Rules are what makes the world go round, or something like that.
With a new season of NRL22 comes some rule changes, several of these are pretty game-changing so it’s worth taking a closer look at them!
Table of Contents
What Is NRL22?
If you know already, then skip this part. If you don’t know, welcome!
NRL22 is a “long-range” dynamic shooting sport designed for .22 LR at ranges from 25-yards to 100-yards…or 200-yards…and sometimes a lot further than that.
If you’ve ever seen or shot NRL or PRS, it’s basically the same thing but with .22 LR.
Personally, I LOVE NRL22 and shoot it as often as I am able. So let us know if you want to see more NRL22 content on the site!
And for more details, take a look at NRL22 (National Rifle League) Competition Basics.
NRL22 2021-2022 Season Rules Changed
To be clear, these aren’t ALL of the changes. For the sake of brevity, I’ve left out a few minor changes with zero impact on shooters.
Section 3. A. 1. – Stage Design Change
This is an exciting change!
Courses of fire will now have an “Option A” and a “Option B” for distance and target size.
Option A is designed for 100-yards and in, Option B will be for 200-yards and in. This kicks everything up a notch.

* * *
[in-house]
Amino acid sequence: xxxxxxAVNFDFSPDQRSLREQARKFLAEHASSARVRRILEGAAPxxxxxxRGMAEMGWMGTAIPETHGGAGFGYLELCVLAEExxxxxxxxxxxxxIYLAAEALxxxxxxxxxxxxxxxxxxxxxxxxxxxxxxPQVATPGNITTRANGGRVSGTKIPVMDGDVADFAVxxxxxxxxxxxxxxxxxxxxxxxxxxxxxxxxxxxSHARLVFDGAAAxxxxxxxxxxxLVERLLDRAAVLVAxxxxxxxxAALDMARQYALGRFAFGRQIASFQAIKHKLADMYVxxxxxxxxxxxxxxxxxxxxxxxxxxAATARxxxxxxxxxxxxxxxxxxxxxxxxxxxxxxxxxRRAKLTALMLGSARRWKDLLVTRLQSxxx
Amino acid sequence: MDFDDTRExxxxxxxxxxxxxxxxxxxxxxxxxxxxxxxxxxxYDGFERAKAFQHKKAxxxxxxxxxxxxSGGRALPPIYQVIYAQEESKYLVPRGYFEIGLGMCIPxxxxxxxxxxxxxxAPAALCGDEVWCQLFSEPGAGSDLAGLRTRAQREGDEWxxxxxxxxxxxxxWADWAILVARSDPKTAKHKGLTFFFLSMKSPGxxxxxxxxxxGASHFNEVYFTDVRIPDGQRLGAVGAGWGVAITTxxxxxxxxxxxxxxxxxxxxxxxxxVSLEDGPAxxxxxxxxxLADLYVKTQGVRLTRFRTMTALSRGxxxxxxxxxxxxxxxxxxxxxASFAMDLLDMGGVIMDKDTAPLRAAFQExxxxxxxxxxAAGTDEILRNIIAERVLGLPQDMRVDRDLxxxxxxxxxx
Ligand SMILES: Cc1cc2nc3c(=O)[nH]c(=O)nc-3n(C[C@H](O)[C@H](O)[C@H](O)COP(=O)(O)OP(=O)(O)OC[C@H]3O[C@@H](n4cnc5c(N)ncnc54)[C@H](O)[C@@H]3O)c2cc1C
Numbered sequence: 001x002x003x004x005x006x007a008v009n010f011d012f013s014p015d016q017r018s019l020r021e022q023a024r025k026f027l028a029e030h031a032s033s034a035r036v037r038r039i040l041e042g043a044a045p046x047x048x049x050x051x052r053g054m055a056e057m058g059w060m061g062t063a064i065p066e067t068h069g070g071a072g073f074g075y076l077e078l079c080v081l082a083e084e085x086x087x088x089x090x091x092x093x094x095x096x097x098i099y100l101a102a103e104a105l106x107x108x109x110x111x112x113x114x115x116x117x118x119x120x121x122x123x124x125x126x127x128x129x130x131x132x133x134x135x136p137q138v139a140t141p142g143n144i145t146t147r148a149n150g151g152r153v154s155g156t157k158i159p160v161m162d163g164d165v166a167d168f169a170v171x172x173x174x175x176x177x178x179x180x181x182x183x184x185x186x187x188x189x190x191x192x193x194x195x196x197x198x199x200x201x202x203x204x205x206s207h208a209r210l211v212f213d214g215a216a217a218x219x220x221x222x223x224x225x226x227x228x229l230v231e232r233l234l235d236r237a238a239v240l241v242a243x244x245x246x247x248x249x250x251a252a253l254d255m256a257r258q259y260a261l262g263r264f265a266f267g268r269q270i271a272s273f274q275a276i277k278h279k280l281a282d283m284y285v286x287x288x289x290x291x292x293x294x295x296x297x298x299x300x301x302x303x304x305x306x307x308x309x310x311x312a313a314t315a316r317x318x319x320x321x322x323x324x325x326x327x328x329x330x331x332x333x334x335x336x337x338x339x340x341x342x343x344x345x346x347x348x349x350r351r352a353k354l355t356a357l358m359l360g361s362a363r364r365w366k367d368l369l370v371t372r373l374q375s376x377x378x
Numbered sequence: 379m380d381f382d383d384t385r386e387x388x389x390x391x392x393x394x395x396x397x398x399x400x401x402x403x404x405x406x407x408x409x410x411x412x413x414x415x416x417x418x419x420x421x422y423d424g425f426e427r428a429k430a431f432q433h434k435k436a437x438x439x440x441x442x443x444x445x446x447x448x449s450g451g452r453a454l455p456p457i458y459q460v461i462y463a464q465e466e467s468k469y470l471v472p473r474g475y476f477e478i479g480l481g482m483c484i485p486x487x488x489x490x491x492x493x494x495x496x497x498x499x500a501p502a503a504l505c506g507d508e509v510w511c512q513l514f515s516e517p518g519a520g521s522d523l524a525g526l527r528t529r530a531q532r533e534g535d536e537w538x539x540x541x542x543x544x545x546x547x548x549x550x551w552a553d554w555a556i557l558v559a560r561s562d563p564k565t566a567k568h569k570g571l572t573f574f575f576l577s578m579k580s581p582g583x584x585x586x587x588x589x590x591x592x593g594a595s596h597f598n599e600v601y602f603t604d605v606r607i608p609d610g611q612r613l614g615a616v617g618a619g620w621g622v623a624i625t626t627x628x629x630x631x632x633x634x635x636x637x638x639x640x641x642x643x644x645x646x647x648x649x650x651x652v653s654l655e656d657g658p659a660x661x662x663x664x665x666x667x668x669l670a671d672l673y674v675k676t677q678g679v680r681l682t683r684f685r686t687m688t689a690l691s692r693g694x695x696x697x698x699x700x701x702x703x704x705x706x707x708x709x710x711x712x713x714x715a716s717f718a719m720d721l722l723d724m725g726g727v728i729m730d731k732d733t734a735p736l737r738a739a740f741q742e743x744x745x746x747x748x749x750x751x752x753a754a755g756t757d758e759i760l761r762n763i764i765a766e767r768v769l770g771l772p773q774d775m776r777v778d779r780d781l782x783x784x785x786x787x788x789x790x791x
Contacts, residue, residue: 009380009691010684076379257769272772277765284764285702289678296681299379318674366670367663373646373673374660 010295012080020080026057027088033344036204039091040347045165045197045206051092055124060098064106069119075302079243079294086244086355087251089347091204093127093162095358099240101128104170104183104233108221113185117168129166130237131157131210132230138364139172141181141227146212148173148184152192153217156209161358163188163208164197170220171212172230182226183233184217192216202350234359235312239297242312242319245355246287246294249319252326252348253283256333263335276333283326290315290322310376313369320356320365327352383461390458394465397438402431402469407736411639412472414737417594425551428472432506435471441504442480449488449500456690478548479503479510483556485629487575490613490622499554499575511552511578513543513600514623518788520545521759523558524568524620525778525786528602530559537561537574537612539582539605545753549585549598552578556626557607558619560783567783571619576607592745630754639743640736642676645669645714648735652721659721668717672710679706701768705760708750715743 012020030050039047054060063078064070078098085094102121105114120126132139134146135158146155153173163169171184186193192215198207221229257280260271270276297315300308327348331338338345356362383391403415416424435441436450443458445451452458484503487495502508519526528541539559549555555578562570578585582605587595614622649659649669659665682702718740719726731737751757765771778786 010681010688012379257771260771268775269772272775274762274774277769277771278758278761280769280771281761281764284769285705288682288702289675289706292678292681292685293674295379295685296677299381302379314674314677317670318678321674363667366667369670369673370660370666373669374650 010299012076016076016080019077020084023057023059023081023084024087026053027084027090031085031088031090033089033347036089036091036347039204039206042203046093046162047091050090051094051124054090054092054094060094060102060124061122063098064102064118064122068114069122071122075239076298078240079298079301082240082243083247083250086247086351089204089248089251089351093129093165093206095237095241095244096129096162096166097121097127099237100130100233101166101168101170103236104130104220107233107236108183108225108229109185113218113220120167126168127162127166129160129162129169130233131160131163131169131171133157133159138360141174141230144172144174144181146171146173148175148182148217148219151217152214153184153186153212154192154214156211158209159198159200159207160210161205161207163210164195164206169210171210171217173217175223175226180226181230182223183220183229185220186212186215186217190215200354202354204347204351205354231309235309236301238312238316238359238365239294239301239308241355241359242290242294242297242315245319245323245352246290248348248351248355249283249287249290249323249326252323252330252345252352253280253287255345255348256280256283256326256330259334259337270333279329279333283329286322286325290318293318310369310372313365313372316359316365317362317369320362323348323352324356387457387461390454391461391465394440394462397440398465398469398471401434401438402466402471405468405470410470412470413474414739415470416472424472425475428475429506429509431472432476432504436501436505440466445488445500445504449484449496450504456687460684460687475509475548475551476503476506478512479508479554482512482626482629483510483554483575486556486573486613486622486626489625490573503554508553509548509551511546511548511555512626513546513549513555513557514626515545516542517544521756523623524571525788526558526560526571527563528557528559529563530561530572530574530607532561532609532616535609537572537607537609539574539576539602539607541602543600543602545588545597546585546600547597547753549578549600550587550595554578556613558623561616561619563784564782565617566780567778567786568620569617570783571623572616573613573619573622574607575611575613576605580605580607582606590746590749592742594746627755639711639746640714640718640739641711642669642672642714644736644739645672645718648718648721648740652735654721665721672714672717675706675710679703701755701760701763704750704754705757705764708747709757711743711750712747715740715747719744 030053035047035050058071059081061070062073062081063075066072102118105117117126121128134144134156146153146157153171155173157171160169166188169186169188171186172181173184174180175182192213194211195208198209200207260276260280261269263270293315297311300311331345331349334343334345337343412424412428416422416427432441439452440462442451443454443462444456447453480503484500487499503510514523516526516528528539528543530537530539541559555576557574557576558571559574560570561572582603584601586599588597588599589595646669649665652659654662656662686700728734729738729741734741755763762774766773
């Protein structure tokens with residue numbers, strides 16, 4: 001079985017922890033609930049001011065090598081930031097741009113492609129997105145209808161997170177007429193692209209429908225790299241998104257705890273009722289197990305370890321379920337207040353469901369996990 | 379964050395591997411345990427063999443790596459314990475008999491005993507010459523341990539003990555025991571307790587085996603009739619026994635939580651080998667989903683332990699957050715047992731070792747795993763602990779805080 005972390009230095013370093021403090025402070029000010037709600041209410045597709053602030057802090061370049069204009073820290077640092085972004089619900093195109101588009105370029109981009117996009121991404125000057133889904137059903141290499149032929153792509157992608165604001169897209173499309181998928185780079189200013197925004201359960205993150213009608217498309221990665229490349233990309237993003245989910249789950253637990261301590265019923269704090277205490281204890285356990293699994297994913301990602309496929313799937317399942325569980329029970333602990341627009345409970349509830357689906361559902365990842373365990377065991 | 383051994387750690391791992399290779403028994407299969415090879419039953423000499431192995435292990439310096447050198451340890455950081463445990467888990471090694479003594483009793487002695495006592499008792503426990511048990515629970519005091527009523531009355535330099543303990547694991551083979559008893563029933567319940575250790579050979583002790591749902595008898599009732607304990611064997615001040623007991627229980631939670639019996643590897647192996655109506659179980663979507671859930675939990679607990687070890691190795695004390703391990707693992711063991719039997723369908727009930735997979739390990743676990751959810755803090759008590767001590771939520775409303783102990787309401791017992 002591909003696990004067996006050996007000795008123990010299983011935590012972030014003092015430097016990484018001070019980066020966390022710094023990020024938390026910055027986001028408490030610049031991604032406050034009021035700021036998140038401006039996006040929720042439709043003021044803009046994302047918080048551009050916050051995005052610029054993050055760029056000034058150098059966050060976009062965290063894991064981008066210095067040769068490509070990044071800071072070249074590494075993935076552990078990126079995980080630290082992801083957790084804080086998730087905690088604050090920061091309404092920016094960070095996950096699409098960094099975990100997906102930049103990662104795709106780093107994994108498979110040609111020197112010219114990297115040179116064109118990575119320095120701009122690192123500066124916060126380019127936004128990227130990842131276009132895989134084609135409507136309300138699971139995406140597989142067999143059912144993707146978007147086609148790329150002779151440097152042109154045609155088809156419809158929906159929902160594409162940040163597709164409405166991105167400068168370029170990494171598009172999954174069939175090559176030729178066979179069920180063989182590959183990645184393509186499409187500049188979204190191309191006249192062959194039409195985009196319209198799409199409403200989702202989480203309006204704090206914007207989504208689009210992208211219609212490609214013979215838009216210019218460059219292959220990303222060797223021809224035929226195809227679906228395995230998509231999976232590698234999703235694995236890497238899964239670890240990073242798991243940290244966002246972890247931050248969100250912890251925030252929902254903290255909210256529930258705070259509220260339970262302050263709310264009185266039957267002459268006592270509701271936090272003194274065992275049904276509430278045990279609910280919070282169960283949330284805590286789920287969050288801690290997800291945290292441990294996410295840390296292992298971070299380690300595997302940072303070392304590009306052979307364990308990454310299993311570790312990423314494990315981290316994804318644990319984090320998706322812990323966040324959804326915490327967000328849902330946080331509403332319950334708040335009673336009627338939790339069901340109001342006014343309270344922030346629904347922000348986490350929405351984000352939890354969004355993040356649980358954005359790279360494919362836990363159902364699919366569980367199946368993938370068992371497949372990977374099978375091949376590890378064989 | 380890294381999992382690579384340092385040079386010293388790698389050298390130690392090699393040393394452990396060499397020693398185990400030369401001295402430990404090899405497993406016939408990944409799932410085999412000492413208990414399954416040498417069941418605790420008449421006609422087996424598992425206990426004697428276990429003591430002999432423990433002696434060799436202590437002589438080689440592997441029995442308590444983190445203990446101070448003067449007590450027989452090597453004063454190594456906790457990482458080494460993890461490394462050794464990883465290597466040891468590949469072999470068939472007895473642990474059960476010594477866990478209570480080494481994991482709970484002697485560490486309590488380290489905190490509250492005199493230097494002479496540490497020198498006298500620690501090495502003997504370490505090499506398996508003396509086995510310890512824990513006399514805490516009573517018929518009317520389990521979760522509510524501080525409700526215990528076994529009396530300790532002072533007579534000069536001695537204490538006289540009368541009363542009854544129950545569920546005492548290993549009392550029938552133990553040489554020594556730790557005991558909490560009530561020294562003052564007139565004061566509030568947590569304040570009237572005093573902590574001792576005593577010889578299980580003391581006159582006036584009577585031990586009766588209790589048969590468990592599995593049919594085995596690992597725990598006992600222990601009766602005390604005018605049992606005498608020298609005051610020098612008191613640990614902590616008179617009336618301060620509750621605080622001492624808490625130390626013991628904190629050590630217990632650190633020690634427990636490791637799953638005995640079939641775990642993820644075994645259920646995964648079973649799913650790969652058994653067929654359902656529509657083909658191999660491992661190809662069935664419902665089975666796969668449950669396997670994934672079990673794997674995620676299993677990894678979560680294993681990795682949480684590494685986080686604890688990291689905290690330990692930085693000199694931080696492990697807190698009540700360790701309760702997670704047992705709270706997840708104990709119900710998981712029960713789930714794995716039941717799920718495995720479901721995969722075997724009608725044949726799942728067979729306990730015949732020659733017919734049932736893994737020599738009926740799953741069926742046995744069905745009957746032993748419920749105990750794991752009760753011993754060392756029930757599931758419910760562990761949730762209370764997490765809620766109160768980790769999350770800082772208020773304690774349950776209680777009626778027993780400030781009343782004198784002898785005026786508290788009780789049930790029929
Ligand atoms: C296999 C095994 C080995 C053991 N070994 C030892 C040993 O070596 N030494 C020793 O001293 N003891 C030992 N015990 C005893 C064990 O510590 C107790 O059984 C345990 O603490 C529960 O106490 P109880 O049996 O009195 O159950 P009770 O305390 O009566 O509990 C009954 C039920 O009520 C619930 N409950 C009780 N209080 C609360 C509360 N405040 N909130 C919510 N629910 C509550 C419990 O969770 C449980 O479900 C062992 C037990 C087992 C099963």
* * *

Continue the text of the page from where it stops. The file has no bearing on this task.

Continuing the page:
Basically, Option 2 turns it up to hard mode with a longer distance and the chance for strange things like magazine changes and reduced times. It also doesn’t use the standard NRL22 target package.
If your club has the room and the shooters — Option 2 will be very cool.
How much harder will it be? That’s yet to be seen with the new COFs, but I’m looking forward to it.
Section 3. A. 4. – More Prizes!
Every subsequent match after the first match, the shooter’s names will be entered into a random prize drawing from NRL22 sponsors.
It’s a small change, but more prizes is never a bad thing.
If you’re not a member yet, you don’t need to be one to shoot in NRL22.
But membership helps grow the sport, enters you for prizes, and allows point accumulation to qualify for Nationals.
(Psst…Sign up here!)
Section 3. B. 11 – Less Pre-Gaming Your Stage
Shooters will only be allowed to take a position on any prop while under the clock. However, this rule is at the discretion of the Match Director.
If you have a small club, each shooter dry firing or slow walking the props in each stage normally doesn’t take that long.
But when you have 30+ shooters and 20 of them take an extra 5 minutes per stage to try out every position on every prop before ever taking a shot, the day gets long.
This is a nice rule for Match Directors to enforce or not enforce depending on their settings.
Section 5. B. 1. – New Base Class MSRP + More
Base Class MSRP has been raised to $1,200 for the combined MSRP of the rifle and scope — which is great!
Also, some discontinued but still very popular rifles are now allowed in Base Class (list here). This is also pretty cool.
But now it gets weird…
For the discontinued models, MSRP must be adjusted for inflation — 3% fixed range, compounded annually. And the shooter must provide proof that the rifle is Base Class legal.